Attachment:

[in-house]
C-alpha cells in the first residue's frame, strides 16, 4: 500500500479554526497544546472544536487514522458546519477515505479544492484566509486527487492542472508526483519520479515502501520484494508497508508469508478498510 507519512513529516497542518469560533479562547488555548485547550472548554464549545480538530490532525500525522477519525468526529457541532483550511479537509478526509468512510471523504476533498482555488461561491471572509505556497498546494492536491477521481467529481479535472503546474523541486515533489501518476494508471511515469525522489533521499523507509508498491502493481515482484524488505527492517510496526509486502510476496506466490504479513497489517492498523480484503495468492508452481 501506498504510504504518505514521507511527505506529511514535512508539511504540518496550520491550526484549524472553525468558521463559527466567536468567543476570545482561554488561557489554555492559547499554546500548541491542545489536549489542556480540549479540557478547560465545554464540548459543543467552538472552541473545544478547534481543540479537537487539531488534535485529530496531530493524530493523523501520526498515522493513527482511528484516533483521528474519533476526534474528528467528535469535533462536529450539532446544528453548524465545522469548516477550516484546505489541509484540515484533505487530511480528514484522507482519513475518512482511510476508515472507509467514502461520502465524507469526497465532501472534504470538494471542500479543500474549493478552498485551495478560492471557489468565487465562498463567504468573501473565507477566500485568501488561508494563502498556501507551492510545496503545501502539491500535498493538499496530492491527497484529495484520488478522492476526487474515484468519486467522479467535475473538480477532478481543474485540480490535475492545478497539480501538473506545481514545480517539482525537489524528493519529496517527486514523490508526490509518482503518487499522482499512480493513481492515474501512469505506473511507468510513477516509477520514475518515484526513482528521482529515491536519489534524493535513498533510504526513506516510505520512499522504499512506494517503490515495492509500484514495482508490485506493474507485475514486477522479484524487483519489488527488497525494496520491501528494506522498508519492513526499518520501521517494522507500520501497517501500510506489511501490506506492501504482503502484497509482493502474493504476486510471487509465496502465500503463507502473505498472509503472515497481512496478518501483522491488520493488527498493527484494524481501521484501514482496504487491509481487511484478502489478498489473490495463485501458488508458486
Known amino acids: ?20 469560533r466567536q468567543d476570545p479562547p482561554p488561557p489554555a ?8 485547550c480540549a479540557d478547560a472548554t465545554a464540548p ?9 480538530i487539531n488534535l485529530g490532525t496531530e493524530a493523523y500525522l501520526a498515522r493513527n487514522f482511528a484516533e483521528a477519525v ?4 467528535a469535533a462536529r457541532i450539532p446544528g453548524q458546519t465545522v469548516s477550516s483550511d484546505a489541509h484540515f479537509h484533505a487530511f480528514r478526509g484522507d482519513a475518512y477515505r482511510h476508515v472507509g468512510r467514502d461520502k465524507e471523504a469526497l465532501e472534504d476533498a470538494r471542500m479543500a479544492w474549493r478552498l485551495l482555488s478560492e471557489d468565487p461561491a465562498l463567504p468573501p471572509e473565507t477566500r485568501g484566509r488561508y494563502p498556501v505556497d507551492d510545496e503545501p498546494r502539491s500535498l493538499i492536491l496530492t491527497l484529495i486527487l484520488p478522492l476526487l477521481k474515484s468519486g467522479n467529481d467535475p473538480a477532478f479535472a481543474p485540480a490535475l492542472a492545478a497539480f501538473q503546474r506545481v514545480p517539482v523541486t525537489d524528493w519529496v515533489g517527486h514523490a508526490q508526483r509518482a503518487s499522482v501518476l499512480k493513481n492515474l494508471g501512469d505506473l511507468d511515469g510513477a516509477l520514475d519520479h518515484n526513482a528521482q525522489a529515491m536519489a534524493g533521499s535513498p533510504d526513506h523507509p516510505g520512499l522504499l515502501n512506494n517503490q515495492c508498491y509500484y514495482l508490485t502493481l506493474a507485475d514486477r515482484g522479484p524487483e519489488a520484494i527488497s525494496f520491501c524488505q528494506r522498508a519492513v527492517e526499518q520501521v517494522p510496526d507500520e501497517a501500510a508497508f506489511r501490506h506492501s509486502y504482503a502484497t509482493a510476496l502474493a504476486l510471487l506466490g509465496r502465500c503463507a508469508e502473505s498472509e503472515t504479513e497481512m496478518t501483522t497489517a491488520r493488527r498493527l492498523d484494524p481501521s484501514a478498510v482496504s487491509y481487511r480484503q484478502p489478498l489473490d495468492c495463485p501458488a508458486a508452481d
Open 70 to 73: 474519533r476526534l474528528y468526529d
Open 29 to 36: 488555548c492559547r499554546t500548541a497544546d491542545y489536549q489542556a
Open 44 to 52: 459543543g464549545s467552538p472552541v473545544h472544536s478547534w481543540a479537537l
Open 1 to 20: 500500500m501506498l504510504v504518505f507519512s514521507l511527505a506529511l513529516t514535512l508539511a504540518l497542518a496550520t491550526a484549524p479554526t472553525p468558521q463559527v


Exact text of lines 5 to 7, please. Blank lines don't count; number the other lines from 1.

Open 29 to 36: 488555548c492559547r499554546t500548541a497544546d491542545y489536549q489542556a
Open 44 to 52: 459543543g464549545s467552538p472552541v473545544h472544536s478547534w481543540a479537537l
Open 1 to 20: 500500500m501506498l504510504v504518505f507519512s514521507l511527505a506529511l513529516t514535512l508539511a504540518l497542518a496550520t491550526a484549524p479554526t472553525p468558521q463559527v